Back when I used to work for Websense, there was a lady in the Marketing department (who shall remain nameless) that would go through laptops like you might go through underwear.
She would go to traveling shows, and conferences with her crew and she would often times come back saying that her laptop was stolen, or lost and she needed a new one. We often joked that we needed to start monitoring her eBay account.
In all seriousness though, what we really needed was something like Lo-Jack to track all of these laptops. If they were truly stolen, then we could alert the authorities to get the laptop back. That would be ideal if it weren't so costly. Perhaps that really isn't an issue in the corporate environment when losing a lot of laptops can add up to hundreds of thousands of dollars over time, but for the average user, it may not be that practical.
I have found a free solution though. It isn't the best, but it does beat not doing anything...Oh, and its free so why not?
You see, back at Toorcon I sat through a presentation on a free, Open Source tool that you install on your Windows, Linux, or Mac computer, and it periodically sends an encrypted file out the the service giving identifying information about the location of the laptop. All it needs is an active Internet connection. This software is called Adeona. Here is a brief overview from their website:
Adeona is the first Open Source system for tracking the location of your lost or stolen laptop that does not rely on a proprietary, central service. This means that you can install Adeona on your laptop and go — there's no need to rely on a single third party. What's more, Adeona addresses a critical privacy goal different from existing commercial offerings. It is privacy-preserving. This means that no one besides the owner (or an agent of the owner's choosing) can use Adeona to track a laptop. Unlike other systems, users of Adeona can rest assured that no one can abuse the system in order to track where they use their laptop.
Adeona is designed to use the Open Source OpenDHT distributed storage service to store location updates sent by a small software client installed on an owner's laptop. The client continually monitors the current location of the laptop, gathering information (such as IP addresses and local network topology) that can be used to identify its current location. The client then uses strong cryptographic mechanisms to not only encrypt the location data, but also ensure that the ciphertexts stored within OpenDHT are anonymous and unlinkable. At the same time, it is easy for an owner to retrieve location information.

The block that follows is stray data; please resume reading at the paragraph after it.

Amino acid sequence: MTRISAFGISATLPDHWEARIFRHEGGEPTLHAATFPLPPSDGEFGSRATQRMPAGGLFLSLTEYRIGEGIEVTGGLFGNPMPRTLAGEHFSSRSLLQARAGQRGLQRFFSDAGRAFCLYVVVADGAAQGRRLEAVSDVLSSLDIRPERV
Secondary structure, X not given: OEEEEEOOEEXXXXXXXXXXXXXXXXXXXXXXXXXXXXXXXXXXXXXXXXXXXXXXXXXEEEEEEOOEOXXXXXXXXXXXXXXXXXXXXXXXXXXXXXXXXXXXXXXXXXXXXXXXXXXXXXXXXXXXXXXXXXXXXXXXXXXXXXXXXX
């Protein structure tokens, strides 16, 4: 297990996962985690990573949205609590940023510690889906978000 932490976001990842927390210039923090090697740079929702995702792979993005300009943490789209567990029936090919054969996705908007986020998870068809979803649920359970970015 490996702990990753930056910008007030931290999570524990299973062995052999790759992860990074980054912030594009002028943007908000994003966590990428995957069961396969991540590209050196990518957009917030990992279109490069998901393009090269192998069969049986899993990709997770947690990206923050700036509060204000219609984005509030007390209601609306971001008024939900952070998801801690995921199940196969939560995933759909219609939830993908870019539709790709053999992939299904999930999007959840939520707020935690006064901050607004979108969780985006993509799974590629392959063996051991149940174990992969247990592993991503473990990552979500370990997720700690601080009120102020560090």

Now the one big drawback (that pretty much everyone at the conference was thinking) was that this product assumes that if a laptop is stolen that the thief will not wipe the drive. The thief would have to be a friggin' idiot not to do that!
However, it did occur to me that most laptop thefts are probably done by "average user" company employees. They know they could take the laptop, and just report it stolen to get another one, and BAM! They now have a free laptop that your company just bought them. Whats more is that they may not be as smart as the thief, and will most likely NOT slick the drive. If that is the case, then this tool could prove useful by both getting your company's laptop back, and also firing shady employees who take expensive office equipment.
In conclusion, I look at this product as a nice to have, free-so-why-not, better than not having type of product. Other than that, if you truly want to get your stuff back at all costs, then you need to go with a more reliable solution like Lo-Jack.
Whats your opinion on this? I want to hear from you in the comments.